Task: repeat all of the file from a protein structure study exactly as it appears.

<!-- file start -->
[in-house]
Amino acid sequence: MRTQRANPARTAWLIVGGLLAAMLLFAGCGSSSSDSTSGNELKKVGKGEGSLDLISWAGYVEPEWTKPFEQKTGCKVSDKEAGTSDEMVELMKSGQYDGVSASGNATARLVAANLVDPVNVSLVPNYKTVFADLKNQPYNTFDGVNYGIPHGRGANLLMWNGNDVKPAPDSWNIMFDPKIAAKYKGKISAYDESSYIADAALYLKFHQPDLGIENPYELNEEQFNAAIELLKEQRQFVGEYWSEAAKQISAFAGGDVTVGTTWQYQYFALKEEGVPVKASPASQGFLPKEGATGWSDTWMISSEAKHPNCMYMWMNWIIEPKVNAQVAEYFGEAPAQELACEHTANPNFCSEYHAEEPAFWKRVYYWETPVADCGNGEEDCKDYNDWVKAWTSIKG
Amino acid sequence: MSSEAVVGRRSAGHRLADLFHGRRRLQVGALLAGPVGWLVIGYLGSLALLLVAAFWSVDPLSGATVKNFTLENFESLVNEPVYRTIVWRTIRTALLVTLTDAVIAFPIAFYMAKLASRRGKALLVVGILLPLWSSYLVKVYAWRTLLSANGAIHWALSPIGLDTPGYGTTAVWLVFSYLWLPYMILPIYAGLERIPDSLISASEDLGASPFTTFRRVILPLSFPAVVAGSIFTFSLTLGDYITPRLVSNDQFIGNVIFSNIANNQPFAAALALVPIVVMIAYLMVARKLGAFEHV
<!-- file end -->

[in-house]
Amino acid sequence: MRTQRANPARTAWLIVGGLLAAMLLFAGCGSSSSDSTSGNELKKVGKGEGSLDLISWAGYVEPEWTKPFEQKTGCKVSDKEAGTSDEMVELMKSGQYDGVSASGNATARLVAANLVDPVNVSLVPNYKTVFADLKNQPYNTFDGVNYGIPHGRGANLLMWNGNDVKPAPDSWNIMFDPKIAAKYKGKISAYDESSYIADAALYLKFHQPDLGIENPYELNEEQFNAAIELLKEQRQFVGEYWSEAAKQISAFAGGDVTVGTTWQYQYFALKEEGVPVKASPASQGFLPKEGATGWSDTWMISSEAKHPNCMYMWMNWIIEPKVNAQVAEYFGEAPAQELACEHTANPNFCSEYHAEEPAFWKRVYYWETPVADCGNGEEDCKDYNDWVKAWTSIKG
Amino acid sequence: MSSEAVVGRRSAGHRLADLFHGRRRLQVGALLAGPVGWLVIGYLGSLALLLVAAFWSVDPLSGATVKNFTLENFESLVNEPVYRTIVWRTIRTALLVTLTDAVIAFPIAFYMAKLASRRGKALLVVGILLPLWSSYLVKVYAWRTLLSANGAIHWALSPIGLDTPGYGTTAVWLVFSYLWLPYMILPIYAGLERIPDSLISASEDLGASPFTTFRRVILPLSFPAVVAGSIFTFSLTLGDYITPRLVSNDQFIGNVIFSNIANNQPFAAALALVPIVVMIAYLMVARKLGAFEHV